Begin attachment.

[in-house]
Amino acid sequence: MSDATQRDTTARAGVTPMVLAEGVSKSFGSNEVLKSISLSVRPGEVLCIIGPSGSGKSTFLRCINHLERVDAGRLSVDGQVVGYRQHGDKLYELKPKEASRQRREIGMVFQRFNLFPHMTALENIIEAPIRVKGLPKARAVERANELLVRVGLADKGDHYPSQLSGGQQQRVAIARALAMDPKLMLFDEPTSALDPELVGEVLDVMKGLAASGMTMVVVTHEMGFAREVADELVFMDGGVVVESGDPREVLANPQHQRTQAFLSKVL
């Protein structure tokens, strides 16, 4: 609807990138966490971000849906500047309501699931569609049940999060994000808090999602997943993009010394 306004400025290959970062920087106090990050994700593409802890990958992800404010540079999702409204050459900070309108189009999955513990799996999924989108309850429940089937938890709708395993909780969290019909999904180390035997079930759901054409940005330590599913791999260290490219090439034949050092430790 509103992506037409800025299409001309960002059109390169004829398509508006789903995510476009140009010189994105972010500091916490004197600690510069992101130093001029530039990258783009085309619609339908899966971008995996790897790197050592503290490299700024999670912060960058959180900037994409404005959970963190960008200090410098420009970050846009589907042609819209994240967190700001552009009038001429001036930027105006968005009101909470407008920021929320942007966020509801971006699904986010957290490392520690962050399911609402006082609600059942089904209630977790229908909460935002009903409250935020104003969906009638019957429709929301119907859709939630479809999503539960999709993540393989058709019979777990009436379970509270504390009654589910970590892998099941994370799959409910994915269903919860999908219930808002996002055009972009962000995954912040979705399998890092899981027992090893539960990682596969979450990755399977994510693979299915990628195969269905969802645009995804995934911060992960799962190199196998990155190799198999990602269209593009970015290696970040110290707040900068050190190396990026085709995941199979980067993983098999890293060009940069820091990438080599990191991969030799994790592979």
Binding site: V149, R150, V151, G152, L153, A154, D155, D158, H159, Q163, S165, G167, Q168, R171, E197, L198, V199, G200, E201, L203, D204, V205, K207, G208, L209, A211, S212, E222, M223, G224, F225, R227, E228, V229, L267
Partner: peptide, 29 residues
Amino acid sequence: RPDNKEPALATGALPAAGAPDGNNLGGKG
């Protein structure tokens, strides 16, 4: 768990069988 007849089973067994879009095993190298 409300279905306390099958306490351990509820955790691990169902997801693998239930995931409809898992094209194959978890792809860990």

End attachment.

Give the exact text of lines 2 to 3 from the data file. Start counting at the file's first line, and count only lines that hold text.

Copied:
Amino acid sequence: MSDATQRDTTARAGVTPMVLAEGVSKSFGSNEVLKSISLSVRPGEVLCIIGPSGSGKSTFLRCINHLERVDAGRLSVDGQVVGYRQHGDKLYELKPKEASRQRREIGMVFQRFNLFPHMTALENIIEAPIRVKGLPKARAVERANELLVRVGLADKGDHYPSQLSGGQQQRVAIARALAMDPKLMLFDEPTSALDPELVGEVLDVMKGLAASGMTMVVVTHEMGFAREVADELVFMDGGVVVESGDPREVLANPQHQRTQAFLSKVL
């Protein structure tokens, strides 16, 4: 609807990138966490971000849906500047309501699931569609049940999060994000808090999602997943993009010394 306004400025290959970062920087106090990050994700593409802890990958992800404010540079999702409204050459900070309108189009999955513990799996999924989108309850429940089937938890709708395993909780969290019909999904180390035997079930759901054409940005330590599913791999260290490219090439034949050092430790 509103992506037409800025299409001309960002059109390169004829398509508006789903995510476009140009010189994105972010500091916490004197600690510069992101130093001029530039990258783009085309619609339908899966971008995996790897790197050592503290490299700024999670912060960058959180900037994409404005959970963190960008200090410098420009970050846009589907042609819209994240967190700001552009009038001429001036930027105006968005009101909470407008920021929320942007966020509801971006699904986010957290490392520690962050399911609402006082609600059942089904209630977790229908909460935002009903409250935020104003969906009638019957429709929301119907859709939630479809999503539960999709993540393989058709019979777990009436379970509270504390009654589910970590892998099941994370799959409910994915269903919860999908219930808002996002055009972009962000995954912040979705399998890092899981027992090893539960990682596969979450990755399977994510693979299915990628195969269905969802645009995804995934911060992960799962190199196998990155190799198999990602269209593009970015290696970040110290707040900068050190190396990026085709995941199979980067993983098999890293060009940069820091990438080599990191991969030799994790592979």